On Father's Day


One year ago tomorrow I used this space to share that my Dad had just been diagnosed as being in the early stages of Alzheimer’s or one of the other dignity-assaulting flavors of dementia, hand crafted in the darkest heart of hell.

Dad’s birthday, Father’s Day and the annual Holland Family reunion all fall within a few days of each other this time each year. Thus, I just left Dad, Mom and a throng of other Holland’s this morning in the hilly woods of Southeastern Oklahoma. I learned from Mom last week that Dad believes this reunion is his last.

The highlight of the trip for me was an opportunity to sit in on a game of dominoes with my dad and two of his brothers. That may not sound like a big deal but you have to know that most of my misty, watercolor memories of Thanksgivings and Christmases as a kid involve seeing dad and my uncles at Grandma’s dining room table playing dominoes. Sitting at that table seemed to me to be an impossibly grown up thing to do.

Mom had quietly expressed concern about Dad being able to manage all the mental math on the fly, but she needn’t have worried. It is not the math side of Dad’s brain that is under attack. In fact, it is only the cognitive file drawer that holds all the nouns that ever more frequently seems to be stuck shut. He and his partner won.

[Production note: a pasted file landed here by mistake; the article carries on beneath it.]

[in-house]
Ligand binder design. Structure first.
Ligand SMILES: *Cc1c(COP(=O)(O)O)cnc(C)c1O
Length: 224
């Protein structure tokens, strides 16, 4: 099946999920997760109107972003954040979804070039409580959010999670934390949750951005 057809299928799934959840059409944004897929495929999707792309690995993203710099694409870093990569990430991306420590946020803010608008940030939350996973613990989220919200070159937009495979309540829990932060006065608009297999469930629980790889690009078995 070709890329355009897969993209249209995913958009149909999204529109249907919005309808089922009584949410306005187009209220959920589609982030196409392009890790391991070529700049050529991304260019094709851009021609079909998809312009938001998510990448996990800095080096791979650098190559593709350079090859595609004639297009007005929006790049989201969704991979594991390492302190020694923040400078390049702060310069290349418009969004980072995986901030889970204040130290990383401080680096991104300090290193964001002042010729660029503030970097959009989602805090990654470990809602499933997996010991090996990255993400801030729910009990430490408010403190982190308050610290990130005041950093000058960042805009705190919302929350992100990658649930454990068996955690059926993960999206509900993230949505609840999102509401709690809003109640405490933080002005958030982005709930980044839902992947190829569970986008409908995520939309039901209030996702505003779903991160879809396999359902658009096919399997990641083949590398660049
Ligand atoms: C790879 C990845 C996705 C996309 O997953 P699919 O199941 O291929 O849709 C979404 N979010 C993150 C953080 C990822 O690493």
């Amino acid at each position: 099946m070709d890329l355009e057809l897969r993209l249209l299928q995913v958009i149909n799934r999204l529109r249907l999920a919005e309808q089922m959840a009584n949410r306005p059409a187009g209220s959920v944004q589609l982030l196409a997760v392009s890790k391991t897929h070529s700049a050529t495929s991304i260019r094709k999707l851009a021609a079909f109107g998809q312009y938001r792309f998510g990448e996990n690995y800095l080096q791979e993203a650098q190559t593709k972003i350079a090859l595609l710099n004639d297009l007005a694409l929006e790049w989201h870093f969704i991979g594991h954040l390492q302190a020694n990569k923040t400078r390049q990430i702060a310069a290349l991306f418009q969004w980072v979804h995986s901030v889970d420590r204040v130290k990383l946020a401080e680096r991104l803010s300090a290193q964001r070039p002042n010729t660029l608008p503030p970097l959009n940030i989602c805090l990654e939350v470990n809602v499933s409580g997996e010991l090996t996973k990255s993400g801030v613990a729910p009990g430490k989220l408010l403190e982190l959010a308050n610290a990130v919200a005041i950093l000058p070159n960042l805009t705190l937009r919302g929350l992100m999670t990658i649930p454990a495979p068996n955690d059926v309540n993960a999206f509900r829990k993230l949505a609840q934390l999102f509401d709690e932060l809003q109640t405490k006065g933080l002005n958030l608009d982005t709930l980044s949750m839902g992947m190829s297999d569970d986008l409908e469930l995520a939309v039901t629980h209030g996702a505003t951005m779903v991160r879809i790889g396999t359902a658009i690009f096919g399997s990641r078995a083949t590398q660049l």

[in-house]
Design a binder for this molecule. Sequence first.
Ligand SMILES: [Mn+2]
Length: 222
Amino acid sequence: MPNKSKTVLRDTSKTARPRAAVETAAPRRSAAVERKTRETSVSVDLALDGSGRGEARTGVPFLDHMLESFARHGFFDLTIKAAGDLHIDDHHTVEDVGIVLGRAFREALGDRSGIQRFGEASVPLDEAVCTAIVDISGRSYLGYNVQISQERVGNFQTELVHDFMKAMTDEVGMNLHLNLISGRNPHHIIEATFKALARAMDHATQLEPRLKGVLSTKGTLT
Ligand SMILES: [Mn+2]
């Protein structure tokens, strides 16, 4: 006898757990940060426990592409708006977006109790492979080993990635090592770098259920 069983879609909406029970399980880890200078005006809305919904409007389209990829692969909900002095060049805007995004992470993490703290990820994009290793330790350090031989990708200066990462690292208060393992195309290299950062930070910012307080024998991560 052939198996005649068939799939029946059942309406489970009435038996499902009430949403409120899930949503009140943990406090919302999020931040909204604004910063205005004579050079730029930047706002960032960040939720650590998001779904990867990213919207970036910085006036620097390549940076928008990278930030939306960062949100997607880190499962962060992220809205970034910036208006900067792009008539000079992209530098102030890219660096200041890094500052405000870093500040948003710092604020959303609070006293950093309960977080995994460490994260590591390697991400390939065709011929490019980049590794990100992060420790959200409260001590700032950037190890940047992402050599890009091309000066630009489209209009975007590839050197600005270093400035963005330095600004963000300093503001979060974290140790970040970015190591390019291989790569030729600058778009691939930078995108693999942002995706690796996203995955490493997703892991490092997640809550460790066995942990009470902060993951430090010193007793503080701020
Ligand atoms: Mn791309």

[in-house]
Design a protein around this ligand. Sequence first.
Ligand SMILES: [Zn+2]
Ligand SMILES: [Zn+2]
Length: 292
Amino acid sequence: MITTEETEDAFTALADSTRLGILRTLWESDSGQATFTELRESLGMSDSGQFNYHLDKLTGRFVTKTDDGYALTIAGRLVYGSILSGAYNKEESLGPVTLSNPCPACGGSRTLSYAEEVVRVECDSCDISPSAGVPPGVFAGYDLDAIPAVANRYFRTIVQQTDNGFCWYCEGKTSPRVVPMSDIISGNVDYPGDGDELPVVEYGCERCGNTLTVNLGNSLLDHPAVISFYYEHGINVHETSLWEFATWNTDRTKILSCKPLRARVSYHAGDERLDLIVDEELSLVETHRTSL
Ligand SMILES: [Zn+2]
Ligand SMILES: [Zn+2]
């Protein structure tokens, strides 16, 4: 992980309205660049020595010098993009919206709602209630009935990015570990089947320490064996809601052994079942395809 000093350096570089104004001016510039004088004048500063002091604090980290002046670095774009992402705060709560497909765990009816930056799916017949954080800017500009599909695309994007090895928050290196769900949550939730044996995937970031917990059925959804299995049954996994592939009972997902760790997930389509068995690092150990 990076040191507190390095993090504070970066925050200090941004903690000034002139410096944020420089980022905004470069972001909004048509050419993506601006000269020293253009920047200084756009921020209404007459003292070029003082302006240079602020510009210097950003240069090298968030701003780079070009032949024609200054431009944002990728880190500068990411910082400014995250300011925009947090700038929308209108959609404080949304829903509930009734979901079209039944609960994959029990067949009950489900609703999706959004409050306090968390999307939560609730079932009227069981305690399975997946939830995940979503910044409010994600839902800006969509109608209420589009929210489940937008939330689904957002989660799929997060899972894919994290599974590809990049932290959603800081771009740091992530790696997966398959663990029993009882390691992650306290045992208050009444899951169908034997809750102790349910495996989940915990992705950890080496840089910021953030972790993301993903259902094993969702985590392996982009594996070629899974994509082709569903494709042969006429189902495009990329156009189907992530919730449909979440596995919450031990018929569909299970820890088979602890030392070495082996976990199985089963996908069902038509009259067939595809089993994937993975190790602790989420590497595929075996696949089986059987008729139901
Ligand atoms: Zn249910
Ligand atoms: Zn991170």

For decades now–at least since I left home for college in 1979–Dad and I have parted with an awkward handshake and a “See you soon. Or maybe a “Drive safe.”

I learned long ago that my Dad wasn’t going to express a lot of verbal affection. In recent years I’ve come to understand that Dad’s “love language” is “acts of service.” Even in years when words came more easily, he wasn’t going to tell you how he felt. He was going to show you. Those oil changes, deck repairs and a thousand other unsolicited helps took on a new significance once that light came on.

When it came time to hit the road today, I said “Try to come see us when you can,” and stuck out my hand.

I was not met by his hand, but by a hug. And a raspy -voiced “Love you, son”

To be honest, I’m not sure I’d ever heard him say those words before–though I’ve never once doubted it was true. Maybe it’s the law of supply and demand at work. Perhaps words rise in value when they ‘re suddenly so hard to come by.

“Love you too, Dad. Thanks for everything.”